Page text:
Frontline Africa Advisory

Nelson Mandela Day: Frontline Africa Advisory’s Perspective

Nelson Mandela Day: Frontline Africa Advisory’s Perspective

On the 18th of July 2018 the birthday of Nelson Mandela, most of us took part in many activities around the country as a way of commemorating his life and the sacrifices he has made for the sake of humanity. If he was alive, we would be celebrating the giant, turning 100 years. For most in South Africa it is still hard to accept that he has left us, even though it is five years on.
In November 2009, the United Nations declared the 18th of July officially as Mandela Day. On this day global citizens are called upon to embrace the values that Nelson Mandela shared, which include: service, equality, reconciliation and acts of selflessness.
For us taking part in Nelson Mandela day was but a small gesture of gratitude to a man who gave most of his life to the freedom not only of his people but also those who had shackled him and sought to break him.
Even after retiring from public life, he still could not resist the call to serve. After leading the fight against apartheid and minority domination in South Africa, instead of enjoying the rest of his days with his children and grandchildren, he took up the fight against HIV/AIDS through his 46664 campaign and sought to bring attention to the great injustice that the poor, especially in Africa were suffering from in the hands of this silent killer. This new fight he had taken up, saw him criss-cross the oceans to bring the world’s attention to this killer and break the shackles of stigmatisation that was associated with HIV/AIDS.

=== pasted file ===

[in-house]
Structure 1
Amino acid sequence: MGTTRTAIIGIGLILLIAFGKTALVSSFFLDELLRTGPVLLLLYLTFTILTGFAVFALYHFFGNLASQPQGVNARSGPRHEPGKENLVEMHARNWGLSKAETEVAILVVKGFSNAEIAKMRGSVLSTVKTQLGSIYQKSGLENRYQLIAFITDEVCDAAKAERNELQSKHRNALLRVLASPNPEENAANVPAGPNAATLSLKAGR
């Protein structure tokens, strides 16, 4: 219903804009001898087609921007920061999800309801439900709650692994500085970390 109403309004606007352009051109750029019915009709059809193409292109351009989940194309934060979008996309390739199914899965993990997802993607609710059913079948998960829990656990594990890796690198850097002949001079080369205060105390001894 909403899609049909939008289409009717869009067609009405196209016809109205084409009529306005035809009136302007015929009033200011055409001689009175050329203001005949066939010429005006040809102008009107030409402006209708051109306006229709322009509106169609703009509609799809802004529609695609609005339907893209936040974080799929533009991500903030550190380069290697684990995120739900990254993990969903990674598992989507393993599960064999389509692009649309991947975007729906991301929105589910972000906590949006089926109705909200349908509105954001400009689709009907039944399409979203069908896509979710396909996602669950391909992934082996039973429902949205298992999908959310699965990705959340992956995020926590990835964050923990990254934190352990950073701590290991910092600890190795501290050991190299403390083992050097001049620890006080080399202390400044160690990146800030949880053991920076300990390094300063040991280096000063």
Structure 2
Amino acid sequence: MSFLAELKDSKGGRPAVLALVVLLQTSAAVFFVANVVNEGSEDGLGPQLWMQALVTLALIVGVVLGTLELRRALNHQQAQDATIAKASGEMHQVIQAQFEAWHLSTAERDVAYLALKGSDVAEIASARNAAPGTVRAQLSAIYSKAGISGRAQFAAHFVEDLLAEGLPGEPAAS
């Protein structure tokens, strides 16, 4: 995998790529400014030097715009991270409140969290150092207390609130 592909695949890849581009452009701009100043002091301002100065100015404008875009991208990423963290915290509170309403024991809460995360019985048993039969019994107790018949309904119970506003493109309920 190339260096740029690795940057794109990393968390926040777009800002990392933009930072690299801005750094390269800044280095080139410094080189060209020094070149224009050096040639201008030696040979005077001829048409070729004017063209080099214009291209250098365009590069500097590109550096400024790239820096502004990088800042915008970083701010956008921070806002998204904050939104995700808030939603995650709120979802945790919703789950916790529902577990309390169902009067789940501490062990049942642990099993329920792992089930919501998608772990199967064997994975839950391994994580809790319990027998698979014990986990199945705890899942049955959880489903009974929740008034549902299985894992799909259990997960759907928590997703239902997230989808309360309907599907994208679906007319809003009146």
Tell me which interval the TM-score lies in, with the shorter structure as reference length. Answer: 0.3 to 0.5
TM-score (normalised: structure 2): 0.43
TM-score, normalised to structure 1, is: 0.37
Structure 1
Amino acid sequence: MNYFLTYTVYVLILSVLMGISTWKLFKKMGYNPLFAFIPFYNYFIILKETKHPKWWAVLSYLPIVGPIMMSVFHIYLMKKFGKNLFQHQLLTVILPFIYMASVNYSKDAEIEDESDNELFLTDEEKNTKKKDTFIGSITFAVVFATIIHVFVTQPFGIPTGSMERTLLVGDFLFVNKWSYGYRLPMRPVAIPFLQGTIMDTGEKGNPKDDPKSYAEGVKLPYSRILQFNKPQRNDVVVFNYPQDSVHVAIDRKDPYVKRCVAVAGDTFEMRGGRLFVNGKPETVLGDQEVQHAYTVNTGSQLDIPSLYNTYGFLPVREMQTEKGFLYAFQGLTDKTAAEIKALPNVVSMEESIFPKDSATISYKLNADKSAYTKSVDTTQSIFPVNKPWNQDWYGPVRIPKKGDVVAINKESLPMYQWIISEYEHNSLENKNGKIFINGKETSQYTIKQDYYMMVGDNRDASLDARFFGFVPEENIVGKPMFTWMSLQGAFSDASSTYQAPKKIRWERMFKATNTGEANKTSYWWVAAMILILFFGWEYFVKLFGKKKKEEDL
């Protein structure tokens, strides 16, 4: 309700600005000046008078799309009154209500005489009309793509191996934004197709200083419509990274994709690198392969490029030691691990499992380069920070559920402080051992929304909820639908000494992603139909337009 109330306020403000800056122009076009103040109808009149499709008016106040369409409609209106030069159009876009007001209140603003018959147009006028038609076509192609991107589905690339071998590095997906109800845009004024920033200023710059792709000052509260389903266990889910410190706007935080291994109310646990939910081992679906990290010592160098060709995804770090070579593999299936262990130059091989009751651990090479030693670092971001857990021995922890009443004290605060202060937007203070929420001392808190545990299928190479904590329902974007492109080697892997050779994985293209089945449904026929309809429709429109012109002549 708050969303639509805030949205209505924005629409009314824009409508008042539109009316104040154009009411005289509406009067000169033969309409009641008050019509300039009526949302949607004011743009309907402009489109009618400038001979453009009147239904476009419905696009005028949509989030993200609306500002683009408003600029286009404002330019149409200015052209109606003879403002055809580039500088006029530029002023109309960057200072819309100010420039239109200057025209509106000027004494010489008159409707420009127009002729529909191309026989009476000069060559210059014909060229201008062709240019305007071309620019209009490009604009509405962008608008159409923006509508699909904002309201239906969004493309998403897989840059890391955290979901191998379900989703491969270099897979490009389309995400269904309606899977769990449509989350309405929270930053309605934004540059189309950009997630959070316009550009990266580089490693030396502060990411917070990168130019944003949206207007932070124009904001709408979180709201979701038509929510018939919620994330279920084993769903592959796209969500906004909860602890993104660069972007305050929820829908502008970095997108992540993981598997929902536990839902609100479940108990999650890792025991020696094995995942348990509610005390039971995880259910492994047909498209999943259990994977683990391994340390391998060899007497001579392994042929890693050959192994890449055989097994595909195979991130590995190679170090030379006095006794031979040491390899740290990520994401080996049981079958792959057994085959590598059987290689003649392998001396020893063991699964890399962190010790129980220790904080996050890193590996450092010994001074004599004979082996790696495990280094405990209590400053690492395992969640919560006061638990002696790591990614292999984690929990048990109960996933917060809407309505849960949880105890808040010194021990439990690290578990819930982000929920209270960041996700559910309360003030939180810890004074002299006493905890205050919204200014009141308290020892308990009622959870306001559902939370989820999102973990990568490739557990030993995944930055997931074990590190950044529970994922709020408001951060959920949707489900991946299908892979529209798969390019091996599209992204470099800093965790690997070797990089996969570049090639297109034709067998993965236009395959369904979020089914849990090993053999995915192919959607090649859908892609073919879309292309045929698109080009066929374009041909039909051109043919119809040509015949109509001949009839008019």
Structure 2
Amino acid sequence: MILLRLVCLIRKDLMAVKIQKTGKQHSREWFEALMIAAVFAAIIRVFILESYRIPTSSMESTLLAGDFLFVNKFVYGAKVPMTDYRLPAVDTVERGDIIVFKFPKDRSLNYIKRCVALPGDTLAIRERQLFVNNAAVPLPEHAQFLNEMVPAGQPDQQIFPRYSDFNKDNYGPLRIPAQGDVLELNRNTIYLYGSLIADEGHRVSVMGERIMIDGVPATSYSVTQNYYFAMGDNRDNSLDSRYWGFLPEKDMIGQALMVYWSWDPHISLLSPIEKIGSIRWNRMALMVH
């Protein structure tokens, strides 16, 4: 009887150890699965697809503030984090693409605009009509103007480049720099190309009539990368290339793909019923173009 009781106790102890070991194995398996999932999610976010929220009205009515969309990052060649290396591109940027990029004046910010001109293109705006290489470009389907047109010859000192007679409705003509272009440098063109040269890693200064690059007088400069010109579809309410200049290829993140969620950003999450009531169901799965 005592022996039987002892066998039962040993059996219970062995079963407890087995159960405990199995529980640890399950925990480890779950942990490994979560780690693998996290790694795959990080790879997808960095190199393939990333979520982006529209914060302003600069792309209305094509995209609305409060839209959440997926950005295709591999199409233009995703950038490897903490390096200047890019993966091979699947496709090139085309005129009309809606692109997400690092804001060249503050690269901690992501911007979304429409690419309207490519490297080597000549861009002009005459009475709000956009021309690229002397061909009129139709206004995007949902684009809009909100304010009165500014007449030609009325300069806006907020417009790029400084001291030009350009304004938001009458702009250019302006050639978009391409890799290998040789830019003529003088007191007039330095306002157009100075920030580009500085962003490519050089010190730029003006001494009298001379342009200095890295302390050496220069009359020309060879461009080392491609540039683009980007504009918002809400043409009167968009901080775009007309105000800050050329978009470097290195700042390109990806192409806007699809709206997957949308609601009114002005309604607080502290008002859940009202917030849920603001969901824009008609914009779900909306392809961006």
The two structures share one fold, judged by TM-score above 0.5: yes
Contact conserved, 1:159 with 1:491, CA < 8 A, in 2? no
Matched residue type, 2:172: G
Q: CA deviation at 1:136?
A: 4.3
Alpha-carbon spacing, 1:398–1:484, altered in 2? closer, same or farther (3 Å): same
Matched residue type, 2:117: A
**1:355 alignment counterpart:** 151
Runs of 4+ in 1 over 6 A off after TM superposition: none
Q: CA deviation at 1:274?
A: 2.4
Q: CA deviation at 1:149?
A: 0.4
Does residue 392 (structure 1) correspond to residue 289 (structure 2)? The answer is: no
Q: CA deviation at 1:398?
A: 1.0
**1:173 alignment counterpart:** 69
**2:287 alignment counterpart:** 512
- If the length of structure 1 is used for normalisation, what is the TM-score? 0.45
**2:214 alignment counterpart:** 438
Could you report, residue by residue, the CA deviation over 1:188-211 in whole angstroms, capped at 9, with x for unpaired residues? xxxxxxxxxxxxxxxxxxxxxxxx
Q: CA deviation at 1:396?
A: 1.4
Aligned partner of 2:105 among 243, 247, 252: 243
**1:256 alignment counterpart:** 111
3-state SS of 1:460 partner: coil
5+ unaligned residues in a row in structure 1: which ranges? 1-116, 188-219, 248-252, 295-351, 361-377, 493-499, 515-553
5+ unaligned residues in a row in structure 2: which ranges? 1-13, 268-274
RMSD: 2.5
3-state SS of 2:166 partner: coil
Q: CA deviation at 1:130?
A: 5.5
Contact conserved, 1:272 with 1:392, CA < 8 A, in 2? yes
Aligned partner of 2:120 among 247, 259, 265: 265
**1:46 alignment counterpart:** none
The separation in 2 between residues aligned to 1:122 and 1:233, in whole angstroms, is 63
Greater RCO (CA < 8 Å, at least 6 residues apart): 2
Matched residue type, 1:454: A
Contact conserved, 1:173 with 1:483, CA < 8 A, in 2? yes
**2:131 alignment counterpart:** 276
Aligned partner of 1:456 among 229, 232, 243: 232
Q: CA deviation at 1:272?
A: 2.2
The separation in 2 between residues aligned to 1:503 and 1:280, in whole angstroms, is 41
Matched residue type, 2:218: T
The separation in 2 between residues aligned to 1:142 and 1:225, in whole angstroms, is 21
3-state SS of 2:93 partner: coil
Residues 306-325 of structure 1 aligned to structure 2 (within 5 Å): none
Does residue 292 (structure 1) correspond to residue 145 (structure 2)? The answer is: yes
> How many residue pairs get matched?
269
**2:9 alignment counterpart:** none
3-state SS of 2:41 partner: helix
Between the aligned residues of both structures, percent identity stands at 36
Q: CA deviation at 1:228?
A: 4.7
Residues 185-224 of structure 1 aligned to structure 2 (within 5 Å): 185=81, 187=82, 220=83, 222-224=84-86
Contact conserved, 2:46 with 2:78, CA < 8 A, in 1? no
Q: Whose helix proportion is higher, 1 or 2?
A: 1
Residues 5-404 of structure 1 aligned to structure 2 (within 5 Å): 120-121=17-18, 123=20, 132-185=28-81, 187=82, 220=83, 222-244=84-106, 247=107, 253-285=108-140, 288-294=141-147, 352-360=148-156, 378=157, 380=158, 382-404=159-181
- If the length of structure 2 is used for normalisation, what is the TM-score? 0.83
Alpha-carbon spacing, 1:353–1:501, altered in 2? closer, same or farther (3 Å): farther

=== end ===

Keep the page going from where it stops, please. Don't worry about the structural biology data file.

The theme for this year’s Mandela day was ‘Be the Legacy’. For us at Frontline Africa Advisory, we revived a vegetable garden at a haven for small children. Properly maintained, the garden will feed the haven for many years and ensure that those kids do not go to bed hungry and get to access the valuable nutrients they need to grow. That is the legacy we chose to leave for the haven and each time those kids get to eat vegetables from that garden, they will remember our small gesture.
It is important that as we honour the life of Nelson Mandela that we also seek to make meaningful and tangible contributions to other people’s lives that will stay with them for years to come in the same way that we we remember what Nelson Mandela has done for us many years after his passing. Doing good should become a part of who we are.

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